Comparison test of the 600 super sports car


Comparison test of the 600 super sports car
Ducati 748 R.

Comparison test, Ducati 748, Honda CBR 600 F, Kawasaki Ninja ZX-6R, Suzuki GSX-R 600

600 super sports car in the test

Fireworks! Kawasaki’s brand new ZX-6R explosive like never before, Suzuki GSX-R 600 and Ducati 748 SPS with a ’98 model upgrade fire – the eternal reference Honda CBR 600 F to the crackers withered?

New models, old history. Like every year, the friends of MOTOCICLISMO Espania invite the MOTORRAD testers to the sun of the south for the annual 600 supersport comparison test. The bomb bursts shortly before departure: the weather services report a catastrophe, and the whole of southern Europe sinks uncharacteristically under rain-rich foothills. What to do? Paradoxically, the German winter with sun and 18 degrees brings an upside-down world. That’s why MOTORRAD doesn’t meet its Spanish colleagues in distant Calafat, but in the nearby Rhine Valley near Colmar.
A rare-explosive pack of 600ers is at the start. Above all, Kawasaki has upgraded. The Ninja ZX-6R (see box on page 19) has been thoroughly renovated and has a solid finish. Of course, the competition never sleeps. Titanium connecting rods help the noble Ducati 748 SPS to turn even more easily. In 1997 the Duc won the Supersport 600 world series, in which, as in our comparison test, it is allowed to participate due to the regulations. Suzuki went deeper into the nitty-gritty with the revision of the solid and well thought-out GSX-R 600 (see box on page 19 below), which fell short of high expectations last year. Finally, Honda pats itself appreciatively and sends the bestseller CBR 600 F into the new year unchanged. How is the class from 1998 doing on the autobahn, the country road and the racetrack?
The journey via the Rheintaltrasse clears the first questions. A happy surprise: The newcomers from Kawasaki and Suzuki in particular set new records in terms of performance, and the Honda and Ducati are not exactly slow either. Walking straight ahead, everyone nibbles at the 250 km / h limit or even exceeds it. Incidentally, the wind protection of the Honda and especially the Ducati turns out to be bad at such speeds. The revised Suzuki shields the airstream most effectively. The Suzuki and especially the Kawasaki, whose performance exceeds all previous 600s, also set new records in terms of acceleration and torque. An impressive performance of the four on the express route. But what about the actual 600 domain, the country road?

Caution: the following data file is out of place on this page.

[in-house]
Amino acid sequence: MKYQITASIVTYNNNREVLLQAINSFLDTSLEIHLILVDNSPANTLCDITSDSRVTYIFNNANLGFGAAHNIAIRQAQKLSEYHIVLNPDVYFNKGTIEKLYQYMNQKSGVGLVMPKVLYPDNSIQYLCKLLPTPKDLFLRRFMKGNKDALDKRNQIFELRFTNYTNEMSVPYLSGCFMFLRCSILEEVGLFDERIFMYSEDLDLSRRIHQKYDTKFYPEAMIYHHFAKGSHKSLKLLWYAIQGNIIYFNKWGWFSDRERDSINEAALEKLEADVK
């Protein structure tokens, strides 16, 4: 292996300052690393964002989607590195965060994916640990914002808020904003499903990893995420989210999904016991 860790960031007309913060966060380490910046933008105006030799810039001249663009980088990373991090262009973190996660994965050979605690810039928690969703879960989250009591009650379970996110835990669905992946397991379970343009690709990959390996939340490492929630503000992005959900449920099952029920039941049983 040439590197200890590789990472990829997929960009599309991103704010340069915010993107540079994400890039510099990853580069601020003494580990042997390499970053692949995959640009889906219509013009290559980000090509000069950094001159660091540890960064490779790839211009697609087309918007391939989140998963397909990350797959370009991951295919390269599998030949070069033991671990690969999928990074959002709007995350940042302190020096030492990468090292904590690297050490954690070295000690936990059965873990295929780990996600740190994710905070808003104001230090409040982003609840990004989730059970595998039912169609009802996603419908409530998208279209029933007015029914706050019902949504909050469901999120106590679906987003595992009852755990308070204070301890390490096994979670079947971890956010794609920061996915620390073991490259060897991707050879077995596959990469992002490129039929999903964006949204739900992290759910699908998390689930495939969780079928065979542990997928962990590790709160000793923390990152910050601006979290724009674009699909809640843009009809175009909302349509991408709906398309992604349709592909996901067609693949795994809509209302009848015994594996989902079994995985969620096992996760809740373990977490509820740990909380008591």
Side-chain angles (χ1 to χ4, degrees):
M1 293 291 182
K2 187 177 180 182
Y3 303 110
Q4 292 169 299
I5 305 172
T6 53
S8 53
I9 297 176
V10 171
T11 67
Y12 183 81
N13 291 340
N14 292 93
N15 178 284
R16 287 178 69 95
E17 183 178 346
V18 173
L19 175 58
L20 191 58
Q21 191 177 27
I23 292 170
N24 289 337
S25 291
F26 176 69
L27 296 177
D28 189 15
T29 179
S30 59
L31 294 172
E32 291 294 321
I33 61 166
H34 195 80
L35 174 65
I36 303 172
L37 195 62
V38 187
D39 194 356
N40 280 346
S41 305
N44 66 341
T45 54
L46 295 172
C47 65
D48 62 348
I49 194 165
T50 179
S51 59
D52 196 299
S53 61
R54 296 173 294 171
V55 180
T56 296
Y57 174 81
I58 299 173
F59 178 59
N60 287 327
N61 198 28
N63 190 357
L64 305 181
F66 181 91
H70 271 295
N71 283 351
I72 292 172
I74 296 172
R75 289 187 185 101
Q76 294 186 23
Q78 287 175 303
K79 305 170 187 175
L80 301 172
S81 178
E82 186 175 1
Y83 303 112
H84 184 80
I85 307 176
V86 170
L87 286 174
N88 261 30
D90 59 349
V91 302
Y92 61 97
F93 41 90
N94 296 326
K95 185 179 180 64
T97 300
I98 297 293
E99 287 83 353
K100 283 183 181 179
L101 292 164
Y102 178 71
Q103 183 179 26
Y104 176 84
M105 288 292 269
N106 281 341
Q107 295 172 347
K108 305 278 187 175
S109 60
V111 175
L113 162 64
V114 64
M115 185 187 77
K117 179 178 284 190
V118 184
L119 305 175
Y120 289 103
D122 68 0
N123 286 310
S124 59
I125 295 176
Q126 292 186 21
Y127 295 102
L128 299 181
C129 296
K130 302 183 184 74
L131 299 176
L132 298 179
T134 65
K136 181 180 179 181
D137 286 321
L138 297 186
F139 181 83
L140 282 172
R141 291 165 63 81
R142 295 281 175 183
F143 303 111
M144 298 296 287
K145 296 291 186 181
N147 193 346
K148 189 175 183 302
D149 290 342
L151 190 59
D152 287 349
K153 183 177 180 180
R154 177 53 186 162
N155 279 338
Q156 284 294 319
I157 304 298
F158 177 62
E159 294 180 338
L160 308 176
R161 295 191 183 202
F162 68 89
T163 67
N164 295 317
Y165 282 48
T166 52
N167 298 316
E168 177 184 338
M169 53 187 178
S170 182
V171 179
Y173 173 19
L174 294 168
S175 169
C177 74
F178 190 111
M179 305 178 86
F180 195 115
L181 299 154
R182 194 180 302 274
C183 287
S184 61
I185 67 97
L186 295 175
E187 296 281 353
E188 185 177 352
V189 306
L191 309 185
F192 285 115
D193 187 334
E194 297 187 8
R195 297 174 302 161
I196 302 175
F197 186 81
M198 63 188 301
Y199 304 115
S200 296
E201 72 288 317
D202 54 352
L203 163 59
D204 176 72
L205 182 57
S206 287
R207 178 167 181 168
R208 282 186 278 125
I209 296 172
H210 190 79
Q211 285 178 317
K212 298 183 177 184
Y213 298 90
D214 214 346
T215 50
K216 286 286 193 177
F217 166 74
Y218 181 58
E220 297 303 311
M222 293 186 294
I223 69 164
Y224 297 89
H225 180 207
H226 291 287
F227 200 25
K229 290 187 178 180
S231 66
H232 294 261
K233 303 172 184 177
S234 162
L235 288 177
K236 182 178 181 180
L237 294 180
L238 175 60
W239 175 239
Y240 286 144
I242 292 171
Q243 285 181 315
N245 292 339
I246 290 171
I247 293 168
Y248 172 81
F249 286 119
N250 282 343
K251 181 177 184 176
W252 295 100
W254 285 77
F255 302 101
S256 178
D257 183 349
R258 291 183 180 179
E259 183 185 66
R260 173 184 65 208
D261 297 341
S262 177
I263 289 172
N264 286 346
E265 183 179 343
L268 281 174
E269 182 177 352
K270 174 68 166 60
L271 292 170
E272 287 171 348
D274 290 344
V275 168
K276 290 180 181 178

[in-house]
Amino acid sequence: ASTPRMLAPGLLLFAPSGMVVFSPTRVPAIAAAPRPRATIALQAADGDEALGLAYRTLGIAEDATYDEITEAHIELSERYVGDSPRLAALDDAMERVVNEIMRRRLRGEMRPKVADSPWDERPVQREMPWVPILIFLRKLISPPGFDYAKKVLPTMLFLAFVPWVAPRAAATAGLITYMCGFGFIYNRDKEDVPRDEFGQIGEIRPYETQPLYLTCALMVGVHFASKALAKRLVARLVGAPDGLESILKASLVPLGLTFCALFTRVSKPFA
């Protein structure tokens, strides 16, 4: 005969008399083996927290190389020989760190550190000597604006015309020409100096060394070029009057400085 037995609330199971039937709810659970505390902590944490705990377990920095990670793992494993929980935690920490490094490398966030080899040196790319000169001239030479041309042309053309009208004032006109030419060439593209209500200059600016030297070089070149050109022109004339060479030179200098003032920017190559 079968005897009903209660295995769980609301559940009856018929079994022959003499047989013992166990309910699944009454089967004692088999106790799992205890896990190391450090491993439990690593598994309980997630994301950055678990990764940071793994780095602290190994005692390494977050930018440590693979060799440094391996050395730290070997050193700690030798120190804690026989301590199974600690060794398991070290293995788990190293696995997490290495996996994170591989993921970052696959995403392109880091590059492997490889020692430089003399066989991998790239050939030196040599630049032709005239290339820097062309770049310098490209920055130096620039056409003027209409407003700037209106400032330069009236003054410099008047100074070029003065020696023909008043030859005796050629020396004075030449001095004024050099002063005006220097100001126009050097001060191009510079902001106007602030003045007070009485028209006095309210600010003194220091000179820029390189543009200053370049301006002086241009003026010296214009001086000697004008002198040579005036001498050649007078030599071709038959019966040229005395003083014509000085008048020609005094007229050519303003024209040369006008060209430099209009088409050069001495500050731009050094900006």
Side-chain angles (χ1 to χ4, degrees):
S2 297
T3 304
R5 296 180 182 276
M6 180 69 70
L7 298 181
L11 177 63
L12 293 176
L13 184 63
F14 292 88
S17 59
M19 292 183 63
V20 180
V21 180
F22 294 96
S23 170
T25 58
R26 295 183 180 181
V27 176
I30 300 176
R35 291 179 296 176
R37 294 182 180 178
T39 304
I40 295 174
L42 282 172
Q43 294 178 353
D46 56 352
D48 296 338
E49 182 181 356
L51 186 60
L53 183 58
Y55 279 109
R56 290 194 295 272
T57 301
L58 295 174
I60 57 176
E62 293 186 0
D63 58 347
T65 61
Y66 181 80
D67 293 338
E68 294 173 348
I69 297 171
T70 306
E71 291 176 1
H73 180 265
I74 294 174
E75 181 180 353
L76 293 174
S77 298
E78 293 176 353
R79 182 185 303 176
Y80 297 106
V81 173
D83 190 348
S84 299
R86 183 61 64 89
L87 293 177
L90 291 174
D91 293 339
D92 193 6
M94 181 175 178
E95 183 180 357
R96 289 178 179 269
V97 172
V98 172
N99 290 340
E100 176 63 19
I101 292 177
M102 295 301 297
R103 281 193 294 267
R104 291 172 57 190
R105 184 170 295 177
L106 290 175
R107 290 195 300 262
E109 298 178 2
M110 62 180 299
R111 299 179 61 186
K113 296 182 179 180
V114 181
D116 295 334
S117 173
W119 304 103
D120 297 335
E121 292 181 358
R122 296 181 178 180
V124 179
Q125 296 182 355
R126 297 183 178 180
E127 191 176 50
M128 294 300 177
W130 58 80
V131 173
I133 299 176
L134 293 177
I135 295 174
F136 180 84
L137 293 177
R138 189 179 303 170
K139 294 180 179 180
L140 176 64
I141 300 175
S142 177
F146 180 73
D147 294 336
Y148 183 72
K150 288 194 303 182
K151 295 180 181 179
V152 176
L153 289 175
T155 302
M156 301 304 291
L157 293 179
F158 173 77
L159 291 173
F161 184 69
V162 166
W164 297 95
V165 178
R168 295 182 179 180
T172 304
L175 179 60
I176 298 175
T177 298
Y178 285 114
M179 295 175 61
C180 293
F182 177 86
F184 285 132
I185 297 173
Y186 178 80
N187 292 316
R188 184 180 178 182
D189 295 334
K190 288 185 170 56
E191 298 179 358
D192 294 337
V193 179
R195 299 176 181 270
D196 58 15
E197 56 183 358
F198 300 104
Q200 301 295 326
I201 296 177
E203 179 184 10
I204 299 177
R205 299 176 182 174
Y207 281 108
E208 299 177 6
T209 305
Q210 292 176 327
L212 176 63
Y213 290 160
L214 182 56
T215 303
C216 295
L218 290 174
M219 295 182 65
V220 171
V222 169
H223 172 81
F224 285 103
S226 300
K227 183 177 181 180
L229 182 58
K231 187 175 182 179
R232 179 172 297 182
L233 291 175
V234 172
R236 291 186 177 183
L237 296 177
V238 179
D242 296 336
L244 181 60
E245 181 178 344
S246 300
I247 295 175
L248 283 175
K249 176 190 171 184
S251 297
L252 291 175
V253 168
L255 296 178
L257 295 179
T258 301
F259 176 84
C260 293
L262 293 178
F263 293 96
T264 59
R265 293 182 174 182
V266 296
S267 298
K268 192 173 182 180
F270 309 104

The uncompromisingly sporty Ducati seems traditionally slightly out of place in this context. Only die-hard fans willingly endure longer stages. Almost in push-ups and always in a downhill position, the poor person hangs over the deeply clamped stumps, the tightly sprung noble chassis maltreats the bones through the thin seat cloth. The drive also reveals gaps in everyday life: the racing-like ratio with an extra-long first gear is particularly annoying in the city, especially since the V-Twin yawns wearily at low speeds. It admittedly takes on the accelerator smoothly from 2000 rpm, but a noticeable increase in engine speed is a long time coming. On top of that, the razor-sharp response of the injection during such maneuvers also causes annoying load change jolts. Nevertheless – in order to protect the environment, the Duc driver should operate the somewhat gnarled, super-precise switch box quite often to protect his fellow human beings from the infernal noise from the intake tract and silencers at high speed. He is all the more pleased with the unshakable driving stability. Like a moon, the Ducati curves around its planet of all kinds – as long as these have no waves. Then the wide rear tire brings noticeable swell into the tubular frame. And the everyday routine? Passable light, consumption still in moderation, clear and complete instrumentation.
The Honda driver is much nicer there. Almost like touring, he sits on the soft seat cushion, always with the reassuring feeling of having the motorcycle safely under control. A passenger also feels comfortable. The integrated seating position always conveys security and confidence in the CBR. It whizzes nimbly through the curves, the spring elements iron all waves smooth. Really good, this Honda, but not free from small flaws. For example, the enormous handiness causes constant slight restlessness, because the CBR reacts to every movement stick. The violent load change reactions do not have a calming effect. Easily and quite precisely, but with shocking noises, the gear steps lock into place. In addition, the test CBR vibrates and slows down at low engine speeds – Kawa and Suzi can do that better. To avoid any misunderstandings, the CBR 600 F is still an excellent motorcycle that is very suitable for everyday use – just think of the main stand. Their weaknesses are particularly evident in comparison with the strong competition – for example the Kawasaki Ninja ZX-6R.